Alternative World Games is a parody of the famous Commodore 64 Epyx ‘Games‘ series, developed by Hungarian company Novotrade and published by Gremlin Graphics in 1987. It is apparently known as “Sports-A-Roni” in North America, although I’ve no effing idea what that’s supposed to mean…
Winter Gold is an Olympic-style sports game developed by Norwegian company Funcom and published by Nintendo in 1996. While it is not that well known it is interesting because it was one of the few games to utilise the Super FX chip to provide extended 3D graphics capabilities, in the same way that Star Fox, Doom, Vortex and Stunt Race FX did.
Developed by Camelot Software Planning and published by Nintendo in 2000 (in Japan – 2001 everywhere else), Mario Tennis on the Game Boy Color is an alternate handheld version of the Mario-based tennis game on the Nintendo 64 which was published under the same name that same year.
The Game Gear has a surprisingly good conversion of World Class Leaderboard in its library. It was programmed by British company Tiertex and published by Sega in 1991.
Anyone who knows golf games will know Leaderboard – created by Bruce and Roger Carver of Access Software – because it was one of the first really good golf games ever made for home computers. It has a very simple but effective control system that makes its easy to play and understand. All versions of Leaderboard use this two-bar, two-press control system, including this conversion on the Game Gear.
Developed by Vicarious Visions and published by Activision in 2001, Tony Hawk’s Pro Skater 2 on the Game Boy Advance is one of those games that you’d expect not to work that well – being a handheld conversion of a popular and successful 3D game – but it actually turns out to be a fantastic game in its own right.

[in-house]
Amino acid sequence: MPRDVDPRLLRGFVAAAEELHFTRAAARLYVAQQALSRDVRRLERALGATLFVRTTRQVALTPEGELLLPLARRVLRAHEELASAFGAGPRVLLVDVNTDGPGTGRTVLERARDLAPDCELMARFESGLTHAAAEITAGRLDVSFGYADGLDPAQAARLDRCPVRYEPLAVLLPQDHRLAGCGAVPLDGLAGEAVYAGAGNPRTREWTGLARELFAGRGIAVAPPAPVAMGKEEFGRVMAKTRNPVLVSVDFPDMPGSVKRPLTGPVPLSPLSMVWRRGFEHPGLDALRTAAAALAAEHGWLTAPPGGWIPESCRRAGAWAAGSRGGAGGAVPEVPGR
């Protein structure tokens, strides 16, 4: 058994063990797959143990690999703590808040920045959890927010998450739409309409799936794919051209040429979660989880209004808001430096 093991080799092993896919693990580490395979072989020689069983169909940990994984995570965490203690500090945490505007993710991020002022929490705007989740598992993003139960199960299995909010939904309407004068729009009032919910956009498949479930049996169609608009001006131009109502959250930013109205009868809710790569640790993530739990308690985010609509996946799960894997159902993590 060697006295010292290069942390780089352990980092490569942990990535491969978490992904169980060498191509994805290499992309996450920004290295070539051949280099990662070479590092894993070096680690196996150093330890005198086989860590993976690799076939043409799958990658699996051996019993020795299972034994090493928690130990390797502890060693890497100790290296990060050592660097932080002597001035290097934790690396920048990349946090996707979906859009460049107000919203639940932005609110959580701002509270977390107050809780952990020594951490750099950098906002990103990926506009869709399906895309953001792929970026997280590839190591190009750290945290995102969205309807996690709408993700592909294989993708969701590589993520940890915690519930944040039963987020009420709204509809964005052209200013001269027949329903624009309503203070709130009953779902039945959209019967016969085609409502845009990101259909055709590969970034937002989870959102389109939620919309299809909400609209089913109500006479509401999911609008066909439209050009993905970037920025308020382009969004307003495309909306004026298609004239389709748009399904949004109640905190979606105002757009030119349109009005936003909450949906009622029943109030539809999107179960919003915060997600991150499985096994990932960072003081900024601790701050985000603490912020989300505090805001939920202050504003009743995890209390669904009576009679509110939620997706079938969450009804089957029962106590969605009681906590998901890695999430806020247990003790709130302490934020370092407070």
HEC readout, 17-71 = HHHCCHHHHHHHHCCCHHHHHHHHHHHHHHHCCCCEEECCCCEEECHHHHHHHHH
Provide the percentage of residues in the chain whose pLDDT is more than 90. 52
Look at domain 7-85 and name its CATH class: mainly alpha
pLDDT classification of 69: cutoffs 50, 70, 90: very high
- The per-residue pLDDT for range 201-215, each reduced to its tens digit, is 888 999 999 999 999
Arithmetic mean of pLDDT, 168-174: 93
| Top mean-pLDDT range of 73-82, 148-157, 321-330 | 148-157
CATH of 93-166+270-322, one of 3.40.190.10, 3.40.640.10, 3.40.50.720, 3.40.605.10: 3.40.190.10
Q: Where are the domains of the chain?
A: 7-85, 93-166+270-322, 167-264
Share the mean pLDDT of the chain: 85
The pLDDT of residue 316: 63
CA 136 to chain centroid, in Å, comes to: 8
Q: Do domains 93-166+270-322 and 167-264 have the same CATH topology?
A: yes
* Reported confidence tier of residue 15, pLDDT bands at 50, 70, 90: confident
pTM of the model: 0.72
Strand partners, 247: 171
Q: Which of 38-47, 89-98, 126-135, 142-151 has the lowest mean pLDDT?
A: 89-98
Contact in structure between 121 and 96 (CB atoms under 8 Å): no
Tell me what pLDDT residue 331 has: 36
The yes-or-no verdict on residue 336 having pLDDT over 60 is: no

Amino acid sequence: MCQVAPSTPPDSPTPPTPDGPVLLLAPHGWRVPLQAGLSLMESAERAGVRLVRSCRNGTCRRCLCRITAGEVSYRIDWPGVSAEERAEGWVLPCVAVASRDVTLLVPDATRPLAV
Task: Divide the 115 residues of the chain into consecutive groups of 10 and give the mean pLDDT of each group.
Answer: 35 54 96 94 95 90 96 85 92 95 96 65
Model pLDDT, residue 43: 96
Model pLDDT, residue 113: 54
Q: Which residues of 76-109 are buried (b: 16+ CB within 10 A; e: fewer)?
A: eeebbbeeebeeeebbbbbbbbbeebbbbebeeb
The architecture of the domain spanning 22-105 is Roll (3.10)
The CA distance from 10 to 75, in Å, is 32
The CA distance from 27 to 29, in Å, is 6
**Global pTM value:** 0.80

This excellent arcade fighting game from Irem was originated in Irem‘s North American office but programmed by Irem Japan and first came out in 1993. It apparently sold well in Japan, but didn’t do so well in the United States, so is considered quite rare in the West.
The third and final of the Ocean-released Daley Thompson sports games is Daley Thompson’s Olympic Challenge, which was first published in 1988.
This one again features ten Olympic decathlon events, split over two days, they being: 100 metre dash, long jump, shot putt, high jump, 400 metres, 110 metre hurdles, pole vault, discus, javelin, and 1500 metres.
This time Daley is trying to beat the world record, rather than win a gold medal.
The second of the Ocean-released Daley Thompson sports games is Daley Thompson’s Supertest, which was first published in 1985.
This time there are twelve events, including: rowing, penalties, ski-jump, tug O war, triple jump, 100m sprint, javelin, 110m hurdles, pistol shooting, cycling, springboard diving, and giant slalom (skiing).
Daley Thompson’s Decathlon, developed and published by Ocean for the ZX Spectrum in 1984, was possibly the first home computer game to feature a celebrity, and a person of colour, as the star of the game – at least in the UK anyway.
If you don’t know: Daley Thompson is a British Olympic decathlon star, and was a gold medal winner at the 1980 Moscow and 1984 Los Angeles Olympics, and as such was a household name in the UK back when this game was released in 1984. Younger readers might not know who Daley Thompson is, but they really should. Thompson is a legend and has been described as the greatest all-round athlete the world has ever seen. Look him up on YouTube if you want to see his Olympic achievements.